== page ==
Learning is a continuous and reflective practice. It is a process for facilitating and inspiring individual, group and organisational learning and development.
The 70:20:10 framework describes how learning occurs:
from real life and on-the-job experiences, tasks and problem solving. This is where some of the richest and most effective learning and development takes place. This is called action learning – in the flow of work
from feedback, mentoring, coaching, networks and from observing and working with role models. This is called relationship learning – learning from others
from formal learning and structured programs
Learning is contextual and the balance between these three will be different for each learning and development context and situation.
Learning can be maximised through these initiatives by:
- collaborating with stakeholders
- ensuring connection to context and meaning for participants
- stretching people through challenging work/assignments
- facilitating the sharing of knowledge and resources
- providing opportunities to test ideas and practice skills
- creating communities of learning
- exploiting opportunities to apply learning in the ‘flow of work’.
Blended learning strategies
Opportunities to learn and develop through experience include:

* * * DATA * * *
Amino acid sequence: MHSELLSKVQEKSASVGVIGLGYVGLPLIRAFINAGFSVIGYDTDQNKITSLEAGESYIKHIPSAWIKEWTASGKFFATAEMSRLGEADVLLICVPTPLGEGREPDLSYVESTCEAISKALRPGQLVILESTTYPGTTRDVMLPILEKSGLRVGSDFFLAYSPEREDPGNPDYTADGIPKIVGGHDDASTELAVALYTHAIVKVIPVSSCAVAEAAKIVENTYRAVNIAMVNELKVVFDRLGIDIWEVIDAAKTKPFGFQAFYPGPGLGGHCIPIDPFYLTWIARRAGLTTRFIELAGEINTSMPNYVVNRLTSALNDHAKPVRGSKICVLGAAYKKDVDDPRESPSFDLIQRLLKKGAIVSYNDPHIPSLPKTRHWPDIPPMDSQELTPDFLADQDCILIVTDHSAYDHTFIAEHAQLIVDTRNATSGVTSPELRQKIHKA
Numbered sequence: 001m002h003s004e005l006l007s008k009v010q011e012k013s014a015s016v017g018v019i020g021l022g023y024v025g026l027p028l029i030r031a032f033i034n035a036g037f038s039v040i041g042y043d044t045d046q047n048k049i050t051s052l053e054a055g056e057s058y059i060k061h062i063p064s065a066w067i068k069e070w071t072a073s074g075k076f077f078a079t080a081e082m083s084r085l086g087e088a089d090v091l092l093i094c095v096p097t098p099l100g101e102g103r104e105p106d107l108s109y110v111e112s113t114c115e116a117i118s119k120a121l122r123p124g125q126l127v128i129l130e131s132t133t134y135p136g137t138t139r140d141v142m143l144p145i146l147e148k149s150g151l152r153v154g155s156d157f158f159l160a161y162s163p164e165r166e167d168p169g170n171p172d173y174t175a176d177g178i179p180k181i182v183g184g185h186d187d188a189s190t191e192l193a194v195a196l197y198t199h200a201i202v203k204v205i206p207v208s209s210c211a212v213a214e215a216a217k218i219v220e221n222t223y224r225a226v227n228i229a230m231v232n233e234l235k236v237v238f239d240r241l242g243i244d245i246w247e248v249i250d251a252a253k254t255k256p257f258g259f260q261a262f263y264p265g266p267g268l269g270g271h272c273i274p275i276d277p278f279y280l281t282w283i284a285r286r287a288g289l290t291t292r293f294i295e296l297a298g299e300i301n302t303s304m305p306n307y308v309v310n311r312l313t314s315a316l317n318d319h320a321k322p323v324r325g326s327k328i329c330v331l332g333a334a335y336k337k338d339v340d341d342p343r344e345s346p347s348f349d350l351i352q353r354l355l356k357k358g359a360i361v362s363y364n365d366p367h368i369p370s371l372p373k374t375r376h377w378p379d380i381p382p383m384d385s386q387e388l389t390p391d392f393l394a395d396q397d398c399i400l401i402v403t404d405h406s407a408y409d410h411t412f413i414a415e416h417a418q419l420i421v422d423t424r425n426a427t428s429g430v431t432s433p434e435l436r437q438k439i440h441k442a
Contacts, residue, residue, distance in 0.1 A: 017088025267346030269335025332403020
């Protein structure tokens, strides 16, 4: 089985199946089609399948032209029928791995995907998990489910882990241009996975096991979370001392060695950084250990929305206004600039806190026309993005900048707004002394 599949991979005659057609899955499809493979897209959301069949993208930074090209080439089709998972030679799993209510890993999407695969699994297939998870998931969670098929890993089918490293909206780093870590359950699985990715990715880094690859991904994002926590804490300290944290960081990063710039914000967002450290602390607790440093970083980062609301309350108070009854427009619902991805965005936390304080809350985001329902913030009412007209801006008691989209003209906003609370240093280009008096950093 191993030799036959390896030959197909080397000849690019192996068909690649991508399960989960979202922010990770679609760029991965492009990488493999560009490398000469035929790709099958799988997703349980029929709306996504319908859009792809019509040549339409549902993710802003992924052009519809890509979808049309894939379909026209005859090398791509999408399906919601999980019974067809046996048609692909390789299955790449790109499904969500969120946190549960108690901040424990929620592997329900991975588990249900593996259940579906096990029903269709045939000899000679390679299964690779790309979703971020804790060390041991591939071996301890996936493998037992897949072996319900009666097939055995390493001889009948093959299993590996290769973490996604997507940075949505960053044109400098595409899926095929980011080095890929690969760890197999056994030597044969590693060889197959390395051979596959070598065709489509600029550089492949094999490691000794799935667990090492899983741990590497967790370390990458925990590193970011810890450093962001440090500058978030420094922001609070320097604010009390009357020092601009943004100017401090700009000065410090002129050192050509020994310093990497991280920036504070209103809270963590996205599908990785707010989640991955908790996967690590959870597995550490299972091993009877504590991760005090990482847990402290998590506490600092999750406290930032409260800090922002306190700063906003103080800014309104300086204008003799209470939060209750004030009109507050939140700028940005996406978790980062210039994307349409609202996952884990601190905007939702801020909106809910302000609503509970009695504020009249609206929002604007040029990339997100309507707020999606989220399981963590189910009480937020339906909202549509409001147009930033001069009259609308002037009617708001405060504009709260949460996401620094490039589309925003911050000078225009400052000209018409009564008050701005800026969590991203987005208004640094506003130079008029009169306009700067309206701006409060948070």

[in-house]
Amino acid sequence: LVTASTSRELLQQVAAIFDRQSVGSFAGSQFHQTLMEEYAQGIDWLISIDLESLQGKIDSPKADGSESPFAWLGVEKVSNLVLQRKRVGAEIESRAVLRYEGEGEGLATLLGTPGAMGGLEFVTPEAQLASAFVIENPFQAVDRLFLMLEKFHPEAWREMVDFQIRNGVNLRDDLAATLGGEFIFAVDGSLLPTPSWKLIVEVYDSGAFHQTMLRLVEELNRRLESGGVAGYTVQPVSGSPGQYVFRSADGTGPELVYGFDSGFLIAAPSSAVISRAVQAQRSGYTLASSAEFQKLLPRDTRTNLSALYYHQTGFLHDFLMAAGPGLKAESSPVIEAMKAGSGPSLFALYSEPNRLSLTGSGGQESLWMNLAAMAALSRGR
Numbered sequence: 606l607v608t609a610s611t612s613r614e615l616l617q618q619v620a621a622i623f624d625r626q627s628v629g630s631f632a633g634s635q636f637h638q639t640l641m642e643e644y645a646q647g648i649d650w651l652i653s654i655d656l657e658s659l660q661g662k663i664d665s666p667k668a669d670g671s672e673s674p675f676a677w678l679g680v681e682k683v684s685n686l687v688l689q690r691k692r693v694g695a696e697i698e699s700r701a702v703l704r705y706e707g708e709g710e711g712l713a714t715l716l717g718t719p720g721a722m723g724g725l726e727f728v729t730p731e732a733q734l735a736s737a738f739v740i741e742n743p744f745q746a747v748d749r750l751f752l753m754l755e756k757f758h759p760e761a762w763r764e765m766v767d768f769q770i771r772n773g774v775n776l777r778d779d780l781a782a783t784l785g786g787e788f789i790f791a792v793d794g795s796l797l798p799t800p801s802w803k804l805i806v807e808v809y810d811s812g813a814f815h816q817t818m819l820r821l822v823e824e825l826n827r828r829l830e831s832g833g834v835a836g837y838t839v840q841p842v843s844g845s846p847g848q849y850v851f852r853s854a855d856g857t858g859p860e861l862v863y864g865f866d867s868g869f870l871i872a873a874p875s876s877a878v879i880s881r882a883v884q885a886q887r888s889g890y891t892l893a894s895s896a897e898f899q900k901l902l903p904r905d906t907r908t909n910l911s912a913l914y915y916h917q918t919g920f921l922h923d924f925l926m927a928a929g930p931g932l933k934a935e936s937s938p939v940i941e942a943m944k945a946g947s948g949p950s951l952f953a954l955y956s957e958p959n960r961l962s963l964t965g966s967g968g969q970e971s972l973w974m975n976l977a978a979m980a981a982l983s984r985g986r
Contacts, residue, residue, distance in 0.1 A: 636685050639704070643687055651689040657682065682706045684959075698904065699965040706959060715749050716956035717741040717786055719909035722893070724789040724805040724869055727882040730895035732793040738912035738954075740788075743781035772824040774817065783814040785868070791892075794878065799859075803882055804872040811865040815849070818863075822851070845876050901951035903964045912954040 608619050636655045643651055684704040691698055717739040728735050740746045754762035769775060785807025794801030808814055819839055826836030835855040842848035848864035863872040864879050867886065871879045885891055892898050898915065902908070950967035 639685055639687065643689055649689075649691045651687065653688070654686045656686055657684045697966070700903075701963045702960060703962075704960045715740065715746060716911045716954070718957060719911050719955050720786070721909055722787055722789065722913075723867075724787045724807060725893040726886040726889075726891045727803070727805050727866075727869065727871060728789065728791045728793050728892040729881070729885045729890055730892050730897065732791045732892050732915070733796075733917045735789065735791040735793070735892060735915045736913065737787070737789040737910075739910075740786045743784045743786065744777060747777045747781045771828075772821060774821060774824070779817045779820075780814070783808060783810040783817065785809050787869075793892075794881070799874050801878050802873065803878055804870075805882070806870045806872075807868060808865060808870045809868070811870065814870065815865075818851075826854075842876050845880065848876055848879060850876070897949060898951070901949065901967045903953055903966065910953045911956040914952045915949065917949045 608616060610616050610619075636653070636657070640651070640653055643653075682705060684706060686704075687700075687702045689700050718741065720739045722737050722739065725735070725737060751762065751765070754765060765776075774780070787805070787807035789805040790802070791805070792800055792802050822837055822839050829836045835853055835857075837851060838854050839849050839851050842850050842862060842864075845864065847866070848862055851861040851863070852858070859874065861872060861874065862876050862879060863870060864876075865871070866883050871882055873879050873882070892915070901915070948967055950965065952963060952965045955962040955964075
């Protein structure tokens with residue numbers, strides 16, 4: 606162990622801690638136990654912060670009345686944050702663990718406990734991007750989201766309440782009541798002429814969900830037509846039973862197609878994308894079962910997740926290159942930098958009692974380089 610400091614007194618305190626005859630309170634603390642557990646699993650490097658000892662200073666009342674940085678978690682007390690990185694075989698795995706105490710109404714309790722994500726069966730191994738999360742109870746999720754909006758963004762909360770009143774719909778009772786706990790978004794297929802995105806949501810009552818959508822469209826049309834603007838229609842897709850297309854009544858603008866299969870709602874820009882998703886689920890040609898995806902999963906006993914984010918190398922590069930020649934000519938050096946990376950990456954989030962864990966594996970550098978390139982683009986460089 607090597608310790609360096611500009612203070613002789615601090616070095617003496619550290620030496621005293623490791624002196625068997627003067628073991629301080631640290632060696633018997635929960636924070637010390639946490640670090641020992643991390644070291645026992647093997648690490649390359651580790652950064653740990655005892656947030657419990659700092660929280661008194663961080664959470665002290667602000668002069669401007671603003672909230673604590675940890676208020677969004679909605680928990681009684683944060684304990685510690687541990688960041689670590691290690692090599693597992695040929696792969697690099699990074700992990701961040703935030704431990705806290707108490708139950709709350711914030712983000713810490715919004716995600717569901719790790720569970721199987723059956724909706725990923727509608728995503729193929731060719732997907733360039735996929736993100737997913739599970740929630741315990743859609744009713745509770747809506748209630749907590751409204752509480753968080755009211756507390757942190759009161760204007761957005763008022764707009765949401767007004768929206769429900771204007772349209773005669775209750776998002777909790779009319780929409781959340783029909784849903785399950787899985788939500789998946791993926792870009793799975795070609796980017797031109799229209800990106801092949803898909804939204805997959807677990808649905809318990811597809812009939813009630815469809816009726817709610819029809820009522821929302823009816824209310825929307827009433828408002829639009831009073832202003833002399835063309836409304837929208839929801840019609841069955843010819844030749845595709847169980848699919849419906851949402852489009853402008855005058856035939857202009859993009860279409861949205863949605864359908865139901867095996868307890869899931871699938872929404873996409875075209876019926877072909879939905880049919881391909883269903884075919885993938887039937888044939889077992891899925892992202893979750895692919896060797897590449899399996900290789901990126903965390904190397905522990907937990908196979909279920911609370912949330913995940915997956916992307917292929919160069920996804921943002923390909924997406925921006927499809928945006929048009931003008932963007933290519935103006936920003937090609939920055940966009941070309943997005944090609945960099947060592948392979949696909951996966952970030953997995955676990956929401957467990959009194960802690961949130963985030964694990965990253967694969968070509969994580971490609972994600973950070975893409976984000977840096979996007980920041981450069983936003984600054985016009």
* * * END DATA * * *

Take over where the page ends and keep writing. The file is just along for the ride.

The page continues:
- acting positions
- vertical and horizontal moves
- exposure to other departments and roles
- stretch assignments
- challenging projects
- increasing span of control
- opportunities to take up positions on whole of government committees
- new work within your current role
- community activities.
Opportunities to learn and develop through others include:
- formal and informal feedback
- coaching and mentoring
- job shadowing
- action learning
- peer learning
- joining professional associations.
Actions to deliver results
Agencies can support the work place learning process by:
- providing time for self-directed learning in the workplace
- creating useful peer-related FAQs and knowledge bases
- providing places for workers to congregate and share experiences
- supplementing self-directed learning with mentors and experienced professionals
- building networks, blogs, wikis and knowledge bases to facilitate discovery
- using technology to make it easier to collaborate and network
- encouraging cross-functional gatherings and sharing.
Agencies can assist staff improve their learning skills by:
- explicitly teaching workers how to learn effectively
- sharing ways others have learned topics, subject areas and specific tasks
- enlisting learning coaches to assist and encourage reflection.
Agencies can create a supportive organisational culture by:
- establishing a budget for workplace and social learning
- supporting innovation and learning through trial and error
- incorporating the ‘70’ and ‘20’ aspects of the learning
- positioning learning as a growth experience and not something that staff need others ‘to do to them’
- adding learning and teaching objectives and goals to job descriptions
- encouraging learning relationships and professional communities.
Page last updated 19 September 2018